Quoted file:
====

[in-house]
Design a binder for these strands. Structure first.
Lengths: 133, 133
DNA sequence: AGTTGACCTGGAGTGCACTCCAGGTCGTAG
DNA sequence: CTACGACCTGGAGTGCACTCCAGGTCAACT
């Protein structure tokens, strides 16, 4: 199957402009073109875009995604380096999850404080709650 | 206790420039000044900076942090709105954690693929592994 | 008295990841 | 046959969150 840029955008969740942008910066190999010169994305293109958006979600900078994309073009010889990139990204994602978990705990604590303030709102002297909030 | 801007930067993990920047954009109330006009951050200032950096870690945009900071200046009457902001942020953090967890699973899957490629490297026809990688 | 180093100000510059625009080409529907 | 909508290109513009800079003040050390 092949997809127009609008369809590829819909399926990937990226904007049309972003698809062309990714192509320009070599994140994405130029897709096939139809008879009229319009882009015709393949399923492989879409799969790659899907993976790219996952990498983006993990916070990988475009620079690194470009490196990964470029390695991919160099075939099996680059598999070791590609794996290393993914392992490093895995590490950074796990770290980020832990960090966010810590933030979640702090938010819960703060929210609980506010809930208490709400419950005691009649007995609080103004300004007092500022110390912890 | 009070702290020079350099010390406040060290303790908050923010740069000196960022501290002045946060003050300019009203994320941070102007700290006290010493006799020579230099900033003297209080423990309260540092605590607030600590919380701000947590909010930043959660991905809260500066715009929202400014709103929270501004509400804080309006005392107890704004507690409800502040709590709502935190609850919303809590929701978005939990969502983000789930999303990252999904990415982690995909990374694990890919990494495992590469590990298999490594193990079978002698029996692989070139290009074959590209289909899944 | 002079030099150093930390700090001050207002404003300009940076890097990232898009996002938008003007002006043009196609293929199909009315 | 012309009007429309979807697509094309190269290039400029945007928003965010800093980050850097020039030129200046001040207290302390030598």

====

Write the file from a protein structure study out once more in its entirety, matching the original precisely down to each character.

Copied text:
[in-house]
Design a binder for these strands. Structure first.
Lengths: 133, 133
DNA sequence: AGTTGACCTGGAGTGCACTCCAGGTCGTAG
DNA sequence: CTACGACCTGGAGTGCACTCCAGGTCAACT
């Protein structure tokens, strides 16, 4: 199957402009073109875009995604380096999850404080709650 | 206790420039000044900076942090709105954690693929592994 | 008295990841 | 046959969150 840029955008969740942008910066190999010169994305293109958006979600900078994309073009010889990139990204994602978990705990604590303030709102002297909030 | 801007930067993990920047954009109330006009951050200032950096870690945009900071200046009457902001942020953090967890699973899957490629490297026809990688 | 180093100000510059625009080409529907 | 909508290109513009800079003040050390 092949997809127009609008369809590829819909399926990937990226904007049309972003698809062309990714192509320009070599994140994405130029897709096939139809008879009229319009882009015709393949399923492989879409799969790659899907993976790219996952990498983006993990916070990988475009620079690194470009490196990964470029390695991919160099075939099996680059598999070791590609794996290393993914392992490093895995590490950074796990770290980020832990960090966010810590933030979640702090938010819960703060929210609980506010809930208490709400419950005691009649007995609080103004300004007092500022110390912890 | 009070702290020079350099010390406040060290303790908050923010740069000196960022501290002045946060003050300019009203994320941070102007700290006290010493006799020579230099900033003297209080423990309260540092605590607030600590919380701000947590909010930043959660991905809260500066715009929202400014709103929270501004509400804080309006005392107890704004507690409800502040709590709502935190609850919303809590929701978005939990969502983000789930999303990252999904990415982690995909990374694990890919990494495992590469590990298999490594193990079978002698029996692989070139290009074959590209289909899944 | 002079030099150093930390700090001050207002404003300009940076890097990232898009996002938008003007002006043009196609293929199909009315 | 012309009007429309979807697509094309190269290039400029945007928003965010800093980050850097020039030129200046001040207290302390030598």